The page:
Giving coin a run for the money
The race is on for second in laundromat pay.
As always, first place goes to coin — dominating self-service vended laundry ever since trailblazers Eugene Farney and Arthur Percival accepted it at their Bronx storefront back in 1944.
So which competitors hope to give coin a run for the money?
Stored-value cards are enjoying a bit of a renaissance thanks in part to contactless payment technology. Tapping — as opposed to dipping or swiping — is boosting the appeal of loadable plastic.
Contactless also has quite a few owners and distributors passing up big ticket hybrid loyalty/credit card readers. That’s not to say bank-issued plastic is on the wane. It’s just seeing more and more action at kiosks.
Then there’s smartphone app and mobile wallet digital pay. Much like contactless card, this platform has lowered the initial investment for operators seeking a workaround.
And let’s not forget central pay, the universal kiosk and network that facilitates one-stop transactions.
Every one of these alternative formats has been heralded as a game-changer, transforming the good ol’ fashioned coin-op wash and dry experience into something beyond loose change.
Yet none has ever achieved the lion’s share in laundromat pay, let alone come close to challenging coin’s top ranking.
Let’s see those stats
The numbers tell the story.
Facebook polling data reveals loyalty card offered at the machine level trails not only coin, but smartphone and credit cards as well.
For owners with digital apps on the menu, six-in-ten achieve less than 30% of machine revenue via handheld devices, including two-in-ten below 10%.
When asked which generates the majority of sales at their washers and dryers, 67% of operators report coin — double that of loyalty cards (20%), credit/debit cards (8%) and phone apps (5%) combined.
Over at American Coin-op, self-serve laundry’s longest-running trade magazine, store owners are surveyed annually on payment offerings. And year in, year out, coin comes out on top.
The latest tally: Coin at 75%. No other category hit the 50 percent threshold, even with all card transaction types lumped together.
What coin isn’t
If you’re wondering why pay alternatives always lag behind coin, perhaps it’s because the latter is different.
Coin isn’t complicated. There’s no screen time, multi-step process, fees, chargebacks and holds.
Coin isn’t about customers managing online accounts or operators overseeing complex networks.
And coin isn’t about the necessity to discount services just so patrons will adopt it.
Coin has held first place without lifting a finger. It doesn’t sponsor lavish association cocktail parties or go on big spends.
November’s American Coin-op and Planet Laundry magazines saw full-page ads for alternative pay outnumber coin almost three-to-one.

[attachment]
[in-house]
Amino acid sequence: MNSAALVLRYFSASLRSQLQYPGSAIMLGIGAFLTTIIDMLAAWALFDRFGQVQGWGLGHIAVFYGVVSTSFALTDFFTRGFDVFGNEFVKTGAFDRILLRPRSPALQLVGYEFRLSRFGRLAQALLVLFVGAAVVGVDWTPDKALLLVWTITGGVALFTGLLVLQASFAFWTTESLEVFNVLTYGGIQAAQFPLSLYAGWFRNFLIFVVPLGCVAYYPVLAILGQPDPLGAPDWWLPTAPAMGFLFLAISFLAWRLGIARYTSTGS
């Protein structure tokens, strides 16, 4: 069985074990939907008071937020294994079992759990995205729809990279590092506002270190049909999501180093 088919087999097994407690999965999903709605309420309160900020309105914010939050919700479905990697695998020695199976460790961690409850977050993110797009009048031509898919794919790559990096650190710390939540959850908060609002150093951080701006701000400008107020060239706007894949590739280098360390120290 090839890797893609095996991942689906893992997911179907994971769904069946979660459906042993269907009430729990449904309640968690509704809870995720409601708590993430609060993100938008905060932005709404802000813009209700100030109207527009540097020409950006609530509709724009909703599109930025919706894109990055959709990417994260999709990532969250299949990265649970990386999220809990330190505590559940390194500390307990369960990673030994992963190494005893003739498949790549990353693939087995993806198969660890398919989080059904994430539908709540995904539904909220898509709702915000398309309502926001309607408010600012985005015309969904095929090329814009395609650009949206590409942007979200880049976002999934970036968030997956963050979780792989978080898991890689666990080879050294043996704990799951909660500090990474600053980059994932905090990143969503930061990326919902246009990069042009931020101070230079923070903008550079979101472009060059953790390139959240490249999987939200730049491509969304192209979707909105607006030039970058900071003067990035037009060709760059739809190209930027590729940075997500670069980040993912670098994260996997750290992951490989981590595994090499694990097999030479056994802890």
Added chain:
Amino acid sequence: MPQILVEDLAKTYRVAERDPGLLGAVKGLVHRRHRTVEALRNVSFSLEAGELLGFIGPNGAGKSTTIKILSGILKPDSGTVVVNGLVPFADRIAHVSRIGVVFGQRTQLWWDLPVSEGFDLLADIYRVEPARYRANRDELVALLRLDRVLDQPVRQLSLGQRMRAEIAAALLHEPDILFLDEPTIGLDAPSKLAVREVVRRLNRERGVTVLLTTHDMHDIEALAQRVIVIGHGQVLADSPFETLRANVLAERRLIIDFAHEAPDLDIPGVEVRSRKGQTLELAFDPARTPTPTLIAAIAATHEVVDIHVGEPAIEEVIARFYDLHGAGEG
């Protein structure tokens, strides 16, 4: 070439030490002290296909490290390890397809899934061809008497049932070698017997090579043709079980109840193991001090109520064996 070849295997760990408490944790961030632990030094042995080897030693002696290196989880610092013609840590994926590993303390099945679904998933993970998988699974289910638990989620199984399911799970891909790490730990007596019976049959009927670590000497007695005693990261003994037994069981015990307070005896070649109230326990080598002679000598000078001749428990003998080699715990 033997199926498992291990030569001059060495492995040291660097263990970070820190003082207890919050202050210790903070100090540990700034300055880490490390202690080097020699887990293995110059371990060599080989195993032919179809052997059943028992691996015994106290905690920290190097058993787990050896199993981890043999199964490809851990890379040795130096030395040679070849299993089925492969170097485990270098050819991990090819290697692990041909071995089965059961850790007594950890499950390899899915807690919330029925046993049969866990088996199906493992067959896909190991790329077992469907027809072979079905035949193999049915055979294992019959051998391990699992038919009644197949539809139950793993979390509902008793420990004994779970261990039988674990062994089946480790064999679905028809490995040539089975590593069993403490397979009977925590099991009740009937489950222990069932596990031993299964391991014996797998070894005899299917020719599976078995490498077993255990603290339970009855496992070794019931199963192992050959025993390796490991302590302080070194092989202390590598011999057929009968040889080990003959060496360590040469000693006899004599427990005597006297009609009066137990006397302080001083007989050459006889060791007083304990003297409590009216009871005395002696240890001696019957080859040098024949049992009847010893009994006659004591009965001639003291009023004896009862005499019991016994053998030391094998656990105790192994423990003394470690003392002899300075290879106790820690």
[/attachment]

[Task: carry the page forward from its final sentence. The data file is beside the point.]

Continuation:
And remember this: The U.S. Mint and Federal Reserve don’t have to sell laundromat owners on how great their products are.
Decades of disruption
As someone who chronicles the business I get a kick out of those who think disrupting coin acceptance is new. It isn’t.
The first-of-its-kind Temco-matic central laundry pay system was promoted inside a 1960 issue of Coin-op magazine.
Two years later, plastic pay was ushered in with Maytag’s revolutionary ticket-operated equipment.
The goal then was the same as today: Eliminate coins at machines.
Coin pay’s simplicity and reliability wasn’t broken, yet many believed it needed fixing. Over the course of seven decades they kept rolling out solutions in search of a problem.
Here we are entering 2024 with coin still the easiest and most universally accepted form of laundromat payment, bar none.
It has adapted to changing times with higher denominations and cashless coinage. Yesterday’s nickels and dimes became today’s quarters and dollar-valued tokens. Another reminder that running stores successfully on more than one coin is as old as the industry itself.
I too marvel at pay technology, but know full well patrons expect to walk up to a washer or dryer and spend cash. An estimated one-in-five arrive at laundromats clutching quarters, yet dedicated value-added card stores steer them toward a kiosk with no coin slot.
Contactless loyalty card might be quick, but it doesn’t necessarily streamline the customer experience. Bank cardholders transfer plastic-to-plastic at the kiosk — an extra step compared to the one-and-done hybrid machine reader.
Ditto for dual contactless/app, where a customer loads their phone before it serves as an intermediary.
What the majority hears
The runners-up in laundromat pay continue to evolve and carve out a niche.
But while those disrupters bang the drum for change, a majority of store owners quietly enjoy the sound of coins dropping into their money boxes.